Permafrost soils and sediments are unique systems in the context of biogeochemi-cal cycling of carbon, particularly due to the enormous amount of organic carbon stored in these environments. Recent studies demonstrate the close relationship between apparent methane fluxes and the modes and intensities of microbiological processes of methane production and oxidation in permafrost ecosystems. Methane-producing and -consuming microorganisms are widespread, highly active and abundant in permafrost soils, despite the harsh environmental conditions they are exposed to. The permafrost environment forces an adaptation of the methane-cycling communities to low-temperature conditions, often yielding species which have not been detected in temperate ecosystems so far. In addition to soil characteristics and climate conditions, the activity and physiology of these well-adapted microbial communities dictate trace gas fluxes in permafrost soils. The future development of permafrost environments as a source of methane, therefore, primarily depends on the response of the methanogenic and methanotrophic microorganisms to a changing environment.
Anticipating this response, however, is difficult, as the sensitivity of microbial communities to permafrost degradation is completely unknown. Firstly, there is lack of experimental and theoretic studies on what determines microbial stability in general and in particular in permafrost environments. Secondly, the consequences of thawing permafrost on hydrology and morphology that indirectly influence microbial communities and their activities are very difficult to predict.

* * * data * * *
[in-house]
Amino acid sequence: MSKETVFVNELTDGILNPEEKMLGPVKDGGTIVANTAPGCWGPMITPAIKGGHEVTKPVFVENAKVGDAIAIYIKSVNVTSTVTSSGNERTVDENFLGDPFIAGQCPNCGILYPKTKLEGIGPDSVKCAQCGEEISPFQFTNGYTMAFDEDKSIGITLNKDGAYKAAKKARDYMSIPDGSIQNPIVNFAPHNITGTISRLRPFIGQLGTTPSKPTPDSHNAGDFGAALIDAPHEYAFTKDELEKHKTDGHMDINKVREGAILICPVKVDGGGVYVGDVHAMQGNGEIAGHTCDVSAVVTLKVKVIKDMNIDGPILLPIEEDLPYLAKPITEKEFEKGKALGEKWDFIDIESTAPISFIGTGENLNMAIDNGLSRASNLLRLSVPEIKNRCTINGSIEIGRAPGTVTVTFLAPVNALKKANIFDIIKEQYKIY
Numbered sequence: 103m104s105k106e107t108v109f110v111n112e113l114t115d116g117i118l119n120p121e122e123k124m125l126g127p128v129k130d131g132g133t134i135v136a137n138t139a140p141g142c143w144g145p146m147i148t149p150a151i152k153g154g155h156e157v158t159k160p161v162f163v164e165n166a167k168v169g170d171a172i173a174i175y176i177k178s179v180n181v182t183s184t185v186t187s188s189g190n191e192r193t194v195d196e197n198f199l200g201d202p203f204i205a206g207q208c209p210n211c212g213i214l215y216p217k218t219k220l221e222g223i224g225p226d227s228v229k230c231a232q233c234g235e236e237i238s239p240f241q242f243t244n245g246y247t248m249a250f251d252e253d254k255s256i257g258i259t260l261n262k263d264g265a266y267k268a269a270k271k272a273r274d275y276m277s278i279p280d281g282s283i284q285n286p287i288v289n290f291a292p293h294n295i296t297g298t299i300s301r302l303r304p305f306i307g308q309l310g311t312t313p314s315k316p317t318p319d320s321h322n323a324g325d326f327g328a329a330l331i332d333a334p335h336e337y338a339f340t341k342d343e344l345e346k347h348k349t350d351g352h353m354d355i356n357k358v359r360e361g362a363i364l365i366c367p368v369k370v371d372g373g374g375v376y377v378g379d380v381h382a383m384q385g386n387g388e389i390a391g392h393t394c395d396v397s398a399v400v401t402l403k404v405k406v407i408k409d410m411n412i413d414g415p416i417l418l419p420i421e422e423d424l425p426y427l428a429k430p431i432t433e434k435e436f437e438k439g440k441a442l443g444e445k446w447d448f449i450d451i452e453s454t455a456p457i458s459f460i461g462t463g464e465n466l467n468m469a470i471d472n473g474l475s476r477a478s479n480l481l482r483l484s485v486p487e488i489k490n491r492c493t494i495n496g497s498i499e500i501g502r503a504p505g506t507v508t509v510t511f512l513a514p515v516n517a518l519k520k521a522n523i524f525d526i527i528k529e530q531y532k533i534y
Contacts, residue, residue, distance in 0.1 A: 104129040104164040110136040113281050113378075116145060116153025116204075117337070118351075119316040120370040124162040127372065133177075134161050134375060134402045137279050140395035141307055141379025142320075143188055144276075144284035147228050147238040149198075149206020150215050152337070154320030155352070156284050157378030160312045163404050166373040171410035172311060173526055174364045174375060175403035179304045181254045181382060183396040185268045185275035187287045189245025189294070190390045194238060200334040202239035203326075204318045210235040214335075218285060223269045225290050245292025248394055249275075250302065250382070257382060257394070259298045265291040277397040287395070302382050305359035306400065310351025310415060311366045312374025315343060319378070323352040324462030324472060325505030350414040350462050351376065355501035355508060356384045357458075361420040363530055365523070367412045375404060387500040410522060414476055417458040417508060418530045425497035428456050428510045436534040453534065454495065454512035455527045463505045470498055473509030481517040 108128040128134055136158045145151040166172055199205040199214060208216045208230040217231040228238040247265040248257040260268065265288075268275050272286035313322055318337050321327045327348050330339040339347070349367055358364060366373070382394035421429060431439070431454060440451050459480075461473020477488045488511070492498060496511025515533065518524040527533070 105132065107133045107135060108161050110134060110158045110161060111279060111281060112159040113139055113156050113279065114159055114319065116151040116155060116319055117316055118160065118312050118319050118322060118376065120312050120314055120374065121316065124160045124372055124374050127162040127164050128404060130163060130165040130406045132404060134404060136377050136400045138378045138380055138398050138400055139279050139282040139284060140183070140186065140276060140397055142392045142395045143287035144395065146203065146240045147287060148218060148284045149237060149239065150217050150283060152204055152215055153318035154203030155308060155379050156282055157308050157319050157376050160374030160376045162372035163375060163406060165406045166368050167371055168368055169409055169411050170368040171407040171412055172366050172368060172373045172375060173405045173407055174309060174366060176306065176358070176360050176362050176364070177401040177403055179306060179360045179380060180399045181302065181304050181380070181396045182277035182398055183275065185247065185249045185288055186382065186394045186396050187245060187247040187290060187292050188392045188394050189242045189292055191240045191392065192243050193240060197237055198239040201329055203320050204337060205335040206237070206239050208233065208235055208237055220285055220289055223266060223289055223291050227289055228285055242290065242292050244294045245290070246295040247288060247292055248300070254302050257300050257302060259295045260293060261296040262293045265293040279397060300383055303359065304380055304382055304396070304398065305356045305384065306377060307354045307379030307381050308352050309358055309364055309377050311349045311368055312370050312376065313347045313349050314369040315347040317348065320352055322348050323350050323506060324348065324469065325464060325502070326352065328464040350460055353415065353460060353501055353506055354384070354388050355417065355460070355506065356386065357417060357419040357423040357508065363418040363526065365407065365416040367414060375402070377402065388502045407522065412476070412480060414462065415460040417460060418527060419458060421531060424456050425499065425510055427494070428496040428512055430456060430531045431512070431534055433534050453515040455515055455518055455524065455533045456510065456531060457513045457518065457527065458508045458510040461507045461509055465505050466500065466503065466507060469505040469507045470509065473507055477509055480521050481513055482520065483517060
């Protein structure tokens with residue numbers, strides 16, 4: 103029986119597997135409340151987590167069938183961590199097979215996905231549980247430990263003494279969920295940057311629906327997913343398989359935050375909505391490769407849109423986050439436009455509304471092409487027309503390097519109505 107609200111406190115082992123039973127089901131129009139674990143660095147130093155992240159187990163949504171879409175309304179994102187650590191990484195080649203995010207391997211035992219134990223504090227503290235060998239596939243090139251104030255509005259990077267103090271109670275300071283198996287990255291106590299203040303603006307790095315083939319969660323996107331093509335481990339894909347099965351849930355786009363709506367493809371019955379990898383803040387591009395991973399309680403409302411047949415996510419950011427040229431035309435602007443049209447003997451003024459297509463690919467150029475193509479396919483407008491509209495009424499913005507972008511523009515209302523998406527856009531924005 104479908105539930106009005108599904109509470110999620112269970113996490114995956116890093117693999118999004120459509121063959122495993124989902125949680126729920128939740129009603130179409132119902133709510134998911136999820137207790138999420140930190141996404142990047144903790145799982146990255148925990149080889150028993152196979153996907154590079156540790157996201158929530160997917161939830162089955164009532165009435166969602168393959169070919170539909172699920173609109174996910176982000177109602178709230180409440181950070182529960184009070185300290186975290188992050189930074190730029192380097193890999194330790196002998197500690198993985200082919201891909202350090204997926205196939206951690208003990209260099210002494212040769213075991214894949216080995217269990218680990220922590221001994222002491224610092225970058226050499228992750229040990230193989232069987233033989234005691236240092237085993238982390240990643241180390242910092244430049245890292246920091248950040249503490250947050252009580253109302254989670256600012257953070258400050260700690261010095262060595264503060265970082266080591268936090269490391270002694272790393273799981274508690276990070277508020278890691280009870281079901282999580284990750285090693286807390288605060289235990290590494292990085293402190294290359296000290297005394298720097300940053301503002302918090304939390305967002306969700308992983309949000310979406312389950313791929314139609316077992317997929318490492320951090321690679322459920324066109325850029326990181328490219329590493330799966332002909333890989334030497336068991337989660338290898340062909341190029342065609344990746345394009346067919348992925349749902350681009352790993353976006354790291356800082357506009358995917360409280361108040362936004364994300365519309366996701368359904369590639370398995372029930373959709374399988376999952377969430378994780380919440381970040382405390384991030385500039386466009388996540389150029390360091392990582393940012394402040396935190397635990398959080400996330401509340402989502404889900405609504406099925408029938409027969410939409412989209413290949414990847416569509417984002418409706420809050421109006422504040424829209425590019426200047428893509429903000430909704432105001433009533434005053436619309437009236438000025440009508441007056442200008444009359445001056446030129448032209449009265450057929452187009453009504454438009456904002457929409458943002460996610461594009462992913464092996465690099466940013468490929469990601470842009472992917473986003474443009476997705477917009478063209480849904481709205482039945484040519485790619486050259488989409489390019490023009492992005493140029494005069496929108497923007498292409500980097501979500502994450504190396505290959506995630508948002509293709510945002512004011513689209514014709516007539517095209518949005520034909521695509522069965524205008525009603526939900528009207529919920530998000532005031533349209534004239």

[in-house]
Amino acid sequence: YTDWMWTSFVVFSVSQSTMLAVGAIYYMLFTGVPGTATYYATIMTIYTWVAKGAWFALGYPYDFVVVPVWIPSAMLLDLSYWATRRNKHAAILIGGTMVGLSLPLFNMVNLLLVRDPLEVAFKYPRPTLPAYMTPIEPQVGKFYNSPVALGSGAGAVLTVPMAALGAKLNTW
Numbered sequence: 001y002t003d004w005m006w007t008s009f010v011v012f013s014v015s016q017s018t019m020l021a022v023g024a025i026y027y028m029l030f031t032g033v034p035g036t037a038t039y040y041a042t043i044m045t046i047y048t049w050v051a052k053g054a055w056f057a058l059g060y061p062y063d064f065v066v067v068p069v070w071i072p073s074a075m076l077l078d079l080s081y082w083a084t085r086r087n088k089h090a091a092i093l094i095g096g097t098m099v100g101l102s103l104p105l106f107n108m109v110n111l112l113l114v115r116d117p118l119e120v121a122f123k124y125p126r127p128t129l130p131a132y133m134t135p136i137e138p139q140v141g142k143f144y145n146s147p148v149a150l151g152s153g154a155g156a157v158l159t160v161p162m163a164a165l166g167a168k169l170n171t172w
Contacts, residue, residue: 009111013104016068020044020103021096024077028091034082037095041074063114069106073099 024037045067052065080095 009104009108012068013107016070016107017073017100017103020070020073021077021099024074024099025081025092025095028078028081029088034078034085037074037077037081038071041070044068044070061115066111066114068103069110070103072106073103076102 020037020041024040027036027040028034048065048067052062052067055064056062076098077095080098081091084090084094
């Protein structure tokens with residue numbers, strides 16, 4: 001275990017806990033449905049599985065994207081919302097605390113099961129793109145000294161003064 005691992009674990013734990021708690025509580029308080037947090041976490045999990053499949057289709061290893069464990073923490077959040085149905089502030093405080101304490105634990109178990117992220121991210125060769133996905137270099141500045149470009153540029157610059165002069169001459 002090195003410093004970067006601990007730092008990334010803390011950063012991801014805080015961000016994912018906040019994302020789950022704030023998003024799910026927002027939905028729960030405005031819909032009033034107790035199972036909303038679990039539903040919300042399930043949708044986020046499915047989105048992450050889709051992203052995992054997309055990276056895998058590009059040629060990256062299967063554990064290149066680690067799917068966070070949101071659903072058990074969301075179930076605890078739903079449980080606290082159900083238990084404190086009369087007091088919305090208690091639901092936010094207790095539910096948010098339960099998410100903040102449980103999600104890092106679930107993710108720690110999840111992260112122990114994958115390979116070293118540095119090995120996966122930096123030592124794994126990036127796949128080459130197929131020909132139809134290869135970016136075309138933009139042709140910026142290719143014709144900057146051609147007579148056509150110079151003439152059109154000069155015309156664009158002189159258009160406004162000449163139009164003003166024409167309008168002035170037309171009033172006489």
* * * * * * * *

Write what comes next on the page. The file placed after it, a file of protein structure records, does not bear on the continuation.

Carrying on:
International projects such as ACD (Arctic Coastal Dynamics) and CALM (Circumpolar Active Layer Monitoring), which examine the impact of global warming on permafrost environments, should thus be linked more closely to microbiological process studies and biodiversity research. Microbial parameters important for the assessment of carbon turnover (e.g., viable cell numbers, activities, biodiversity and stability of microbial communities) should be analysed at observation areas in the Arctic, where long-term monitoring programs are undertaken. The evaluation of microbial ecology and its correlation to climatic and geochemical data represent the basis for an understanding of the role of permafrost soils in the global system, in particular in terms of feedback mechanisms related to fluxes of material and greenhouse gases in the scope of a warming Earth.
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